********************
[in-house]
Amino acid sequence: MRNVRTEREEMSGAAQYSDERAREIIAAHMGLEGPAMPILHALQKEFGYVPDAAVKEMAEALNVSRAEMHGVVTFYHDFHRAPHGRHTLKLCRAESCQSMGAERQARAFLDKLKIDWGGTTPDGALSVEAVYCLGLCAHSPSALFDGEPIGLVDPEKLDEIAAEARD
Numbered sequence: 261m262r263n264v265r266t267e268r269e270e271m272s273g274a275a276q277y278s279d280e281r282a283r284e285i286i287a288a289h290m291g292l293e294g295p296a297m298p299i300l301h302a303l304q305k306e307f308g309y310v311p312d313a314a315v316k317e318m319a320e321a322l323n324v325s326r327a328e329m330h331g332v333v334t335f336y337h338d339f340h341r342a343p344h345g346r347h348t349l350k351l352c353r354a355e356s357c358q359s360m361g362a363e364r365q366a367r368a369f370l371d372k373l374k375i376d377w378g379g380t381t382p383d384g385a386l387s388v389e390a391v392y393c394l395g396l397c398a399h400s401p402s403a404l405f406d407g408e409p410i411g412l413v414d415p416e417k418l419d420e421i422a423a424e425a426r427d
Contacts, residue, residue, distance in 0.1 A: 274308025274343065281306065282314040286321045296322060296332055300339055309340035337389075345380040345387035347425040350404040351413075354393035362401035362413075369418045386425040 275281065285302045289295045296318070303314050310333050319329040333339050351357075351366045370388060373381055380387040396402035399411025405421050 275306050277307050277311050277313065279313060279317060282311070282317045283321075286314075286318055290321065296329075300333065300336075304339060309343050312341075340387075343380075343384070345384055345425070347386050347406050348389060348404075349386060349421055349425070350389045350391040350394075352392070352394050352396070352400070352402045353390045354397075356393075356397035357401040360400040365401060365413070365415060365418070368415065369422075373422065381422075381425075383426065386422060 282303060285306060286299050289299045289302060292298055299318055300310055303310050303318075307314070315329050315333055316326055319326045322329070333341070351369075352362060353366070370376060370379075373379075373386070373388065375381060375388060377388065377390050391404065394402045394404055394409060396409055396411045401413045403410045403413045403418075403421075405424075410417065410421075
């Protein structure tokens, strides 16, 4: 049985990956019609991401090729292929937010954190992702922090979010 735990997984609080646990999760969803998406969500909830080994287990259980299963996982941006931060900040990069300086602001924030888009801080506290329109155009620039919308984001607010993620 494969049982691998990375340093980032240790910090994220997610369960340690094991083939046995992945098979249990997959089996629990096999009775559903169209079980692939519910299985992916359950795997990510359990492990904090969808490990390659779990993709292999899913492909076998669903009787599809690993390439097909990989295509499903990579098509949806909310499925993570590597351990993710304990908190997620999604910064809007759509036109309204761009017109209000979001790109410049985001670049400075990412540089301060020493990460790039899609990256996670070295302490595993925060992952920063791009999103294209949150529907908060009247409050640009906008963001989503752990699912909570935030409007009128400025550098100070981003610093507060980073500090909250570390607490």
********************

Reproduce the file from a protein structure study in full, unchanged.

[in-house]
Amino acid sequence: MRNVRTEREEMSGAAQYSDERAREIIAAHMGLEGPAMPILHALQKEFGYVPDAAVKEMAEALNVSRAEMHGVVTFYHDFHRAPHGRHTLKLCRAESCQSMGAERQARAFLDKLKIDWGGTTPDGALSVEAVYCLGLCAHSPSALFDGEPIGLVDPEKLDEIAAEARD
Numbered sequence: 261m262r263n264v265r266t267e268r269e270e271m272s273g274a275a276q277y278s279d280e281r282a283r284e285i286i287a288a289h290m291g292l293e294g295p296a297m298p299i300l301h302a303l304q305k306e307f308g309y310v311p312d313a314a315v316k317e318m319a320e321a322l323n324v325s326r327a328e329m330h331g332v333v334t335f336y337h338d339f340h341r342a343p344h345g346r347h348t349l350k351l352c353r354a355e356s357c358q359s360m361g362a363e364r365q366a367r368a369f370l371d372k373l374k375i376d377w378g379g380t381t382p383d384g385a386l387s388v389e390a391v392y393c394l395g396l397c398a399h400s401p402s403a404l405f406d407g408e409p410i411g412l413v414d415p416e417k418l419d420e421i422a423a424e425a426r427d
Contacts, residue, residue, distance in 0.1 A: 274308025274343065281306065282314040286321045296322060296332055300339055309340035337389075345380040345387035347425040350404040351413075354393035362401035362413075369418045386425040 275281065285302045289295045296318070303314050310333050319329040333339050351357075351366045370388060373381055380387040396402035399411025405421050 275306050277307050277311050277313065279313060279317060282311070282317045283321075286314075286318055290321065296329075300333065300336075304339060309343050312341075340387075343380075343384070345384055345425070347386050347406050348389060348404075349386060349421055349425070350389045350391040350394075352392070352394050352396070352400070352402045353390045354397075356393075356397035357401040360400040365401060365413070365415060365418070368415065369422075373422065381422075381425075383426065386422060 282303060285306060286299050289299045289302060292298055299318055300310055303310050303318075307314070315329050315333055316326055319326045322329070333341070351369075352362060353366070370376060370379075373379075373386070373388065375381060375388060377388065377390050391404065394402045394404055394409060396409055396411045401413045403410045403413045403418075403421075405424075410417065410421075
């Protein structure tokens, strides 16, 4: 049985990956019609991401090729292929937010954190992702922090979010 735990997984609080646990999760969803998406969500909830080994287990259980299963996982941006931060900040990069300086602001924030888009801080506290329109155009620039919308984001607010993620 494969049982691998990375340093980032240790910090994220997610369960340690094991083939046995992945098979249990997959089996629990096999009775559903169209079980692939519910299985992916359950795997990510359990492990904090969808490990390659779990993709292999899913492909076998669903009787599809690993390439097909990989295509499903990579098509949806909310499925993570590597351990993710304990908190997620999604910064809007759509036109309204761009017109209000979001790109410049985001670049400075990412540089301060020493990460790039899609990256996670070295302490595993925060992952920063791009999103294209949150529907908060009247409050640009906008963001989503752990699912909570935030409007009128400025550098100070981003610093507060980073500090909250570390607490």